“Please do,” she replied, weak with frustration.

He hated that. Boy, did he hate that.

He hit Yvonne on speed-dial as the brunette wandered to the edge of the porch and leaned on the railing. Spence watched her closely. She had a nice butt too, enough to get a good handful if—

“Spence, sweetheart,” Yvonne’s cloying voice cooed through the phone. “What’s up?”

“Hi Yvonne. Was someone else booked into this house when you found it for me?” He cut right to the chase.

“The house?” That was all it took. Spence could tell from the false innocence in her voice that she’d pulled strings and worked her so-called magic again. “I’m not sure, sweetheart. Possibly.”

“Yvonne.” He grimaced and rubbed his forehead with his free hand. “I told you to stop doing stuff like that. I wanted to find a nice summer house away from things so I could think. I didn’t ask you to evict the rightful renters.”

“I didn’t think they would mind, whoever they are. The real estate broker said they would send a nice fruit basket with a note of apology and a full refund.”

Spence shook his head. “Unbelievable. This is exactly why I wanted to get away for the summer.”

“Is there a problem?” Yvonne’s voice turned a shade more serious. “Those other people didn’t show up there, did they?”

“She did.” Spence said and ended the call. He growled and shoved his phone in his back pocket. It immediately started vibrating, but he ignored it.

The blonde ended her call at about the same time. “I don’t believe they would actually do it,” she muttered, shaking her head. “I don’t believe the Cavanaros would let them do it, but they’re in Florida. Dana says that someone was supposed to tell you and refund your money.” Her heels clicked as she walked over to smooth a hand across the brunette’s shoulders. It was a gesture Spence thought he should be making.

“This is my agent’s fault,” he said, joining the pair.

“It’s all so unreal,” the brunette said, blinking so fast Spence worried she might start crying again. “Twenty years, down the drain.”

“I’m sorry?” he offered.

She glanced up at him, frustration knotting her shoulders. “Some people are meant to get the pot of gold at the end of the rainbow and some aren’t,” she said. “You’re one of the gold ones, I’m not. I like your movies, by the way,” she added with a surprise shy look.

“Thanks,” Spence murmured, more impressed with the soulfulness in her eyes than the compliment.

She swallowed and rolled her shoulders, standing straighter. “I have dreamed of staying in this house since I was ten-years-old, I guess I can keep dreaming. I’m sorry I bothered you.”

Her words might not have been intended to wound him, but they did. She pushed away from the porch railing and started to leave.

“What’s your name?” He stopped her, brain scrambling to figure out a way to clean up Yvonne’s mess.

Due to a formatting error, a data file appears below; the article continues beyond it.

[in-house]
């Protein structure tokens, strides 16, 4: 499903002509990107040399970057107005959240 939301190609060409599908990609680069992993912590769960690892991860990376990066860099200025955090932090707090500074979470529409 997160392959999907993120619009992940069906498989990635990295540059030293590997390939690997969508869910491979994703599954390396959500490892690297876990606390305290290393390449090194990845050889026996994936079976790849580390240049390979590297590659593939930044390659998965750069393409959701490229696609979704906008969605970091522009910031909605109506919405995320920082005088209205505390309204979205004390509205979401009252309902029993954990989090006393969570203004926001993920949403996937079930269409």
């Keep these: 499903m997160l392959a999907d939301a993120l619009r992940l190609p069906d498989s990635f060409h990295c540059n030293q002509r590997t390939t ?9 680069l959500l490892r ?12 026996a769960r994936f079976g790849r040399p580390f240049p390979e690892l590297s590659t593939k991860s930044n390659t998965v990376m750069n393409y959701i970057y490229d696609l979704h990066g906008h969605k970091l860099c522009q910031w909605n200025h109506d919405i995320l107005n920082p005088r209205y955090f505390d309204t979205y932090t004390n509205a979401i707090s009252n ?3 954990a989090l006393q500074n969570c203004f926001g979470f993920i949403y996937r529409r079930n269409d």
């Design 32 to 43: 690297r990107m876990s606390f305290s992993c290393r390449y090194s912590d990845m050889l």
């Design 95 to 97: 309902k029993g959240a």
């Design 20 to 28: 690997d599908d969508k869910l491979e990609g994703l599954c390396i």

She stopped and turned back to him. “Tasha. Tasha Pike.”

“I’m Jenny Young,” the blonde said, thrusting out her hand to shake his. “I can’t believe I’m meeting you in person. I’ve seen all your movies. You’re great.”

“Thanks,” he said as graciously as he could, then turned his attention back to Tasha. “Let me make this up to you somehow, Tasha. I feel terrible.”

“Oh no, I couldn’t ask you to do that, Mr. Ellis.” Tasha’s cheeks flared bright pink with shame, and she looked down.

“Call me Spence. And I insist on doing something.”

“Dinner?” Jenny suggested.

Both Spence and Tasha blinked at her.

“Hey, I’m just saying.” Jenny held up her arms in defense.

Tasha inched close to her friend and whispered, “Let’s go. I’m so embarrassed. We shouldn’t bother him.”

“No, please, bother me,” Spence said to stop Tasha from leaving. “You have no reason to be embarrassed.”

Maybe dinner wasn’t such a bad idea after all. Any woman who could send every last one of his protective instincts into overdrive in less than five minutes was a woman he wanted to buy a drink. And more. He’d do just about anything to make up for Yvonne’s meanness and help Tasha to hold onto her childhood dreams.

The solution to both of their problems hit him like a ray of sunlight. “Why don’t you stay here for the summer too?”

“What?” Tasha balked.

Her friend stood a little taller, a wide smile spreading across her neatly made-up face.

Tasha wasn’t wearing any make-up. She didn’t need to. Even with a cry-face, she was gorgeous. Spence caught himself smiling at the thought of spending the summer with her, at the whole grand idea unfolding in his mind.

“I’m here by myself,” he said. “The house has six bedrooms. It’s huge. I don’t really need it all. Why don’t we share?”


Spence nodded.

“Share the house?” Tasha’s shoulders loosened a fraction and she shifted her weight to one hip as if considering.

“Share a summer house with Spencer Ellis,” Jenny breathed in wonder.

“I wouldn’t mind if you wouldn’t,” Spence said, keeping his eyes on Tasha. “Look, I’ll even pay for everything. It’s the least I could do. My agent is a little over-eager when it comes to pampering her clients, and I’m afraid I’ve made her a lot of money in these last couple of years.”

His words had the opposite effect from what he’d intended.

“I wouldn’t feel right taking your money,” Tasha said, dropping her arms and shaking her head. “The one thing I can hold my head up about is that I’ve always paid my own way.”

“All right.” He held up his hands in surrender. “You can pay for whatever you want.”

She softened from wary suspicion to worry. “You aren’t planning to throw any wild celebrity parties, are you?”

“Definitely not,” he answered.

“I’m not going to wake up to paparazzi outside my window, am I?”

“I sure as hell hope not. I came here to get away from all that. Nobody knows I’m here.” He glanced pointedly to Jenny.

“Right,” Jenny whispered. “My lips are sealed.”

“Jenny’s lips are sealed,” he told Tasha with a smile. It was, admittedly, a practiced smile, designed to weaken her knees.